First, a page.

“The ability to prototype, examine, touch, feel and then redesign within minutes, within hours, allows for the creation of this type of technology,” says Dr. Smith. “If we had to send out these designs to a commercial printer far away and get the designs back several weeks later, we’d never be where we are today.”
The Feinstein Institute had looked previously at other 3D printers that can extrude living cells, but the options are few and expensive. One special bio printer cost $180,000, an amount that the Institute would not allocate. They wanted to test their concept and see if it would be viable, so they decided to use the more affordable and accessible MakerBot Replicator 2X Experimental 3D Printer that retails for $2,499 and is a size that fits on a desktop.
Originally, Mr. Goldstein thought that he would need special PLA to maintain sterility and have the ability to dissolve in the body. However, in light of time, they decided to try regular MakerBot PLA Filament. “The advantage of PLA is that it’s used in all kinds of surgical implant devices,” says Dr. Smith. Through testing, Mr. Goldstein found that the heat from the extruder head sterilized the PLA as it printed, so he was able to use ordinary MakerBot PLA Filament.
The bio-ink, which stays at room temperature, is extruded during the 3D printing process and fills in gaps in the PLA scaffolding, then cures into a gel on the heated build plate of the MakerBot Replicator 2X. A two-inch-long section of windpipe — shaped like a hollowed-out Tootsie Roll — takes less than two hours to print. Once the bio-ink adheres to the scaffolding, it goes into a bioreactor, an appliance like a rotisserie oven that keeps the cells warm and growing evenly. A new bioreactor costs between $50,000 and $150,000, so Mr. Goldstein customized an incubator for his needs, making gears and other parts on their MakerBot Replicator Desktop 3D Printer to produce a brand new bioreactor.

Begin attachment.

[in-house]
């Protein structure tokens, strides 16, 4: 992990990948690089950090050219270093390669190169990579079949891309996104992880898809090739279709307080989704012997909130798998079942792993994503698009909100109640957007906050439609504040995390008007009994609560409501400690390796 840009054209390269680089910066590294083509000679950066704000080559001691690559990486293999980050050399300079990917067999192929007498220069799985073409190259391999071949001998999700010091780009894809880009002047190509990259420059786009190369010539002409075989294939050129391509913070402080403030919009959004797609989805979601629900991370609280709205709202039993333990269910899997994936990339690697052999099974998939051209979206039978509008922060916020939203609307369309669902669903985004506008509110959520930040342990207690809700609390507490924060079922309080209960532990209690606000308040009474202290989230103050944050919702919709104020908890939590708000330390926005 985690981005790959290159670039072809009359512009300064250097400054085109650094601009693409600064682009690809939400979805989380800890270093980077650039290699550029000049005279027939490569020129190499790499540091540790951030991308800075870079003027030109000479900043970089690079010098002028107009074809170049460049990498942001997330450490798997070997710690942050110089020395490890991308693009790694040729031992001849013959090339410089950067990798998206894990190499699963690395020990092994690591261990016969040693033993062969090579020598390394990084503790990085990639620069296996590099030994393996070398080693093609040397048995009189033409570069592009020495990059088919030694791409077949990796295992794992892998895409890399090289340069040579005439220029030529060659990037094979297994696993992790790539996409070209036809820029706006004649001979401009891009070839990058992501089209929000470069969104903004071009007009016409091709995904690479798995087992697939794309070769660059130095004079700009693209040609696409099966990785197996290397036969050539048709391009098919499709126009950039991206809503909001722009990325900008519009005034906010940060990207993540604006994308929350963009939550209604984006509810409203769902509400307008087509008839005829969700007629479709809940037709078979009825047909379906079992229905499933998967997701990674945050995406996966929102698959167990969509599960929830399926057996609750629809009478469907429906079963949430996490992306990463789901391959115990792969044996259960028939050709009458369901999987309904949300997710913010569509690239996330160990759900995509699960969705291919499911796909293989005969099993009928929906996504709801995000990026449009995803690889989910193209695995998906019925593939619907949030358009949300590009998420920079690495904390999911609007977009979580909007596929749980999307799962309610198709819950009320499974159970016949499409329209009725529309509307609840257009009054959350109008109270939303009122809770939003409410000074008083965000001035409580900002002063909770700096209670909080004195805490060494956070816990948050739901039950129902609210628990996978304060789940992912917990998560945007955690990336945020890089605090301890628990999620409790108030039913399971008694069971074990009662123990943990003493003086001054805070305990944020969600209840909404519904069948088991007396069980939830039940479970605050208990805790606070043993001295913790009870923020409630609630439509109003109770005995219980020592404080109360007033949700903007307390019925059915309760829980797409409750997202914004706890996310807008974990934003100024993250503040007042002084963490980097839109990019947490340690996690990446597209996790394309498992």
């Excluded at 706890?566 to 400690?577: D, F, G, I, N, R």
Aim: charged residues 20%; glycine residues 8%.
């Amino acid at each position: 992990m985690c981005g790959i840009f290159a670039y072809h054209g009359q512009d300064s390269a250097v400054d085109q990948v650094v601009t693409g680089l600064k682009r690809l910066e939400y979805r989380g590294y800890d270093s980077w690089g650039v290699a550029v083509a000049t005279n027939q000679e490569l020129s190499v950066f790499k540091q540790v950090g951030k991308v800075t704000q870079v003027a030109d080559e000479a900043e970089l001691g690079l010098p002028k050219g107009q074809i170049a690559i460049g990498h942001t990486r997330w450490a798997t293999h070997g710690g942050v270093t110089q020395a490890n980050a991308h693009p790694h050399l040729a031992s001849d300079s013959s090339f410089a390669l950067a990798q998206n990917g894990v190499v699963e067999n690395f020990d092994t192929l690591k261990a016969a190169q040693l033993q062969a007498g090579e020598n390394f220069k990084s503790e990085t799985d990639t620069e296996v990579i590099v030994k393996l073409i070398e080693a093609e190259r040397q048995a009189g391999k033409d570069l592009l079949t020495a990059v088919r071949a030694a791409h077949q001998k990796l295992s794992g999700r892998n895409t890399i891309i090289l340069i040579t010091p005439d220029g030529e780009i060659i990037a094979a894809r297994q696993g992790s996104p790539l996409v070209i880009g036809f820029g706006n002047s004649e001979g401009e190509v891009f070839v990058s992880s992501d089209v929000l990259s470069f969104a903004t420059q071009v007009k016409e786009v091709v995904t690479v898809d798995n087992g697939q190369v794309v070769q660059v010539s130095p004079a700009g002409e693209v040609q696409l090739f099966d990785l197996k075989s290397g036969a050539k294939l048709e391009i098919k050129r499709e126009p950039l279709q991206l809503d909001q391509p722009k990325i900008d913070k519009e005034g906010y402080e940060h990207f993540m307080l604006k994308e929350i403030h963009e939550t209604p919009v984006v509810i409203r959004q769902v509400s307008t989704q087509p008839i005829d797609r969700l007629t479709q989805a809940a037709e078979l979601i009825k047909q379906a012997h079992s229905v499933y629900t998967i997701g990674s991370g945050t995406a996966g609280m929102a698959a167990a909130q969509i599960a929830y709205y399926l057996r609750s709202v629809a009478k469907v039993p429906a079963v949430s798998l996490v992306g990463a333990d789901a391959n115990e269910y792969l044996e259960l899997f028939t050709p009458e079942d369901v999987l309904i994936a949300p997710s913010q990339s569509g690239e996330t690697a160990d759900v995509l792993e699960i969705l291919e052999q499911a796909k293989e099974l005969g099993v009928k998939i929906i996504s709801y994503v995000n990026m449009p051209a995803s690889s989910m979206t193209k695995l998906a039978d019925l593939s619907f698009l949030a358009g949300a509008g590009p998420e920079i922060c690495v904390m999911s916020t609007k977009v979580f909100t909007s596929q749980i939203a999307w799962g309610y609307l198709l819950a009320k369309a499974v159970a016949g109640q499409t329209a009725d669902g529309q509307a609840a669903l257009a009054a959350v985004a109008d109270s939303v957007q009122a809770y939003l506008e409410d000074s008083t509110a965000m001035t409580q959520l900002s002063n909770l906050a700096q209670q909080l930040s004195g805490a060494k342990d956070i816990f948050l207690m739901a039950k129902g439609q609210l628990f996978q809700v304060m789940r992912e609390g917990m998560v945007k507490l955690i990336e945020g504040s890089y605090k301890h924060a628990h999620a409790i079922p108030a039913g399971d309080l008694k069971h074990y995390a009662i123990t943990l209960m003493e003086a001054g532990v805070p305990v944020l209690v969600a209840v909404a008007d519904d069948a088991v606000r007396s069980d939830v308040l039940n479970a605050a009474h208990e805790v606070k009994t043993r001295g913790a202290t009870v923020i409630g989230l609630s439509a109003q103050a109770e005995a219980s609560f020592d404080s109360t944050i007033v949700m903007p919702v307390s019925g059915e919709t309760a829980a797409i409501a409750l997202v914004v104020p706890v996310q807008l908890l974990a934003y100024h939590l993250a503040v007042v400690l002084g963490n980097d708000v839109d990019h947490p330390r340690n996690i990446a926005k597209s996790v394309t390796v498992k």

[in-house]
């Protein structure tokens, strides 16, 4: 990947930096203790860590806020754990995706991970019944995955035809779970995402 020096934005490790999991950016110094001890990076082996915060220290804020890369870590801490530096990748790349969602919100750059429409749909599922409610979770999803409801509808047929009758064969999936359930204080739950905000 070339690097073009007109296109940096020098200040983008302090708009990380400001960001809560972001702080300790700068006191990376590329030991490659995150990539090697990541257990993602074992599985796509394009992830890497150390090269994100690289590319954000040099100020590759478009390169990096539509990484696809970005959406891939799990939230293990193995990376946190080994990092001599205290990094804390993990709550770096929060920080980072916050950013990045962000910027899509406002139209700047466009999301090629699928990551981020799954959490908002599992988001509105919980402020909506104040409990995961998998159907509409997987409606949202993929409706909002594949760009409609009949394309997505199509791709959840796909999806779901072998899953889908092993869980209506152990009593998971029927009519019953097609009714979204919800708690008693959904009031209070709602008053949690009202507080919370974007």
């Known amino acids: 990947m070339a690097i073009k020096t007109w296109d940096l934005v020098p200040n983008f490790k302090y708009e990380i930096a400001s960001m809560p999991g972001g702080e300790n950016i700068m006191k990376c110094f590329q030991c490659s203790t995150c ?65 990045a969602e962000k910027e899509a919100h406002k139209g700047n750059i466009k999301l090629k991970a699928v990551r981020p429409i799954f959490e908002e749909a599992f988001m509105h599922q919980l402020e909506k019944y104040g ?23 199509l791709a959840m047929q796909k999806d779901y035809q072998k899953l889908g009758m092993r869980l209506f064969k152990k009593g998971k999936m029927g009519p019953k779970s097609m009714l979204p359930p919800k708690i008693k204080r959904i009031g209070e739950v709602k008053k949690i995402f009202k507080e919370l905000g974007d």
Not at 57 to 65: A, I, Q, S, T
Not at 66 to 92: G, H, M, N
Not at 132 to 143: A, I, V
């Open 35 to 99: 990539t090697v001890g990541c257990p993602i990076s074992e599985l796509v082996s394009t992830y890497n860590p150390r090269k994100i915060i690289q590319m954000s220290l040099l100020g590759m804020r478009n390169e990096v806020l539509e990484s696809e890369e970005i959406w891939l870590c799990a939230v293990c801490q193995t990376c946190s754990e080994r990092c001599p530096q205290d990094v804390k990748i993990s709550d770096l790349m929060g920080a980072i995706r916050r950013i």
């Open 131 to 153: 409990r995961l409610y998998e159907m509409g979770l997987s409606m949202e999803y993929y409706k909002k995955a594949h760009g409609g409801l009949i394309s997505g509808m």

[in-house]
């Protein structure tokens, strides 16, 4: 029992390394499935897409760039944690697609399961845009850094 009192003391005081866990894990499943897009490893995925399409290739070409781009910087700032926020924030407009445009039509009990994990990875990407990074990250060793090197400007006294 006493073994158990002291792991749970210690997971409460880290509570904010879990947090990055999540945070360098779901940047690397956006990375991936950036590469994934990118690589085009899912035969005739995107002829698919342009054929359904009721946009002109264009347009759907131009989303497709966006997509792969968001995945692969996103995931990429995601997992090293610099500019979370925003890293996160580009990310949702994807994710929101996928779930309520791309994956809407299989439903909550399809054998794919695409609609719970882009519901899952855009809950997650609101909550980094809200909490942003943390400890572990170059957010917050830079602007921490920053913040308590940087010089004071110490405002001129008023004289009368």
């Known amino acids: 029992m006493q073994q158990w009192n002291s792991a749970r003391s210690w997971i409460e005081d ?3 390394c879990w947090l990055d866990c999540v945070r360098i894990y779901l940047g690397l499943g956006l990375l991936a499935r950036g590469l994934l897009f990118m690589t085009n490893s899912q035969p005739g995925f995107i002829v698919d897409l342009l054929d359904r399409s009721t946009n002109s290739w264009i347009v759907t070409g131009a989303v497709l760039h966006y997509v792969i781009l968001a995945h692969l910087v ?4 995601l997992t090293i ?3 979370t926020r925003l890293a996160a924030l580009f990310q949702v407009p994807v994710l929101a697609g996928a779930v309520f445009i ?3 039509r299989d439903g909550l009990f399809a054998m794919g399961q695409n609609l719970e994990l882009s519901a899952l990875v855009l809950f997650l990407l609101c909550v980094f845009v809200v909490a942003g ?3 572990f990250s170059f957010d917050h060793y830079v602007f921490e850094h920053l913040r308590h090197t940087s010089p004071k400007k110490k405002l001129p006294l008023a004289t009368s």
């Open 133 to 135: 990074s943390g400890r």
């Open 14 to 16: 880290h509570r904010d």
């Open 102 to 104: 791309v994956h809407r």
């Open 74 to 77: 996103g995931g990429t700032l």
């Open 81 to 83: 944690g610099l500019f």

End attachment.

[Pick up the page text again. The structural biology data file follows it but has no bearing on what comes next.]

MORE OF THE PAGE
“The research being done at the Feinstein Institute is exciting and promising,” noted Jenny Lawton, CEO of MakerBot. “We are continually amazed by what is being created with 3D Printers. To know that a MakerBot Replicator 3D Printer played a role in a potential medical breakthrough is inspiring.”
The results of the study, as presented by Mr. Goldstein and Dr. Zeltsman at The Society of Thoracic Surgeons, illustrate how the 3D printed windpipe or trachea segments held up for four weeks in an incubator. According to Mr. Goldstein’s abstract, “The cells survived the 3D printing process, were able to continue dividing, and produced the extracellular matrix expected of tracheal chondrocytes.” In other words, they were growing just like windpipe cartilage.
The Feinstein Institute describes this work as a “proof of concept.” The team still has work to do before establishing a new protocol for repairing damaged windpipes. Medical research can take years to move from bench to bedside, as can US Food and Drug Administration (FDA) approval. However, if there is no approved treatment for an ailment, the FDA has a compassionate therapy exception that allows the patient to agree to try an experimental approach.
According to Dr. Smith, at least one patient comes through the North Shore-LIJ Health System each year who can’t be helped by the two traditional methods, and he expects in the next five years to harvest a patient’s cells, grow them on a scaffolding, and repair a windpipe. This customized approach may prove to be especially useful for treating children, says Dr. Smith. “There’s really a limitless number of sizes and permutations you might need to reconstruct an airway in a child.”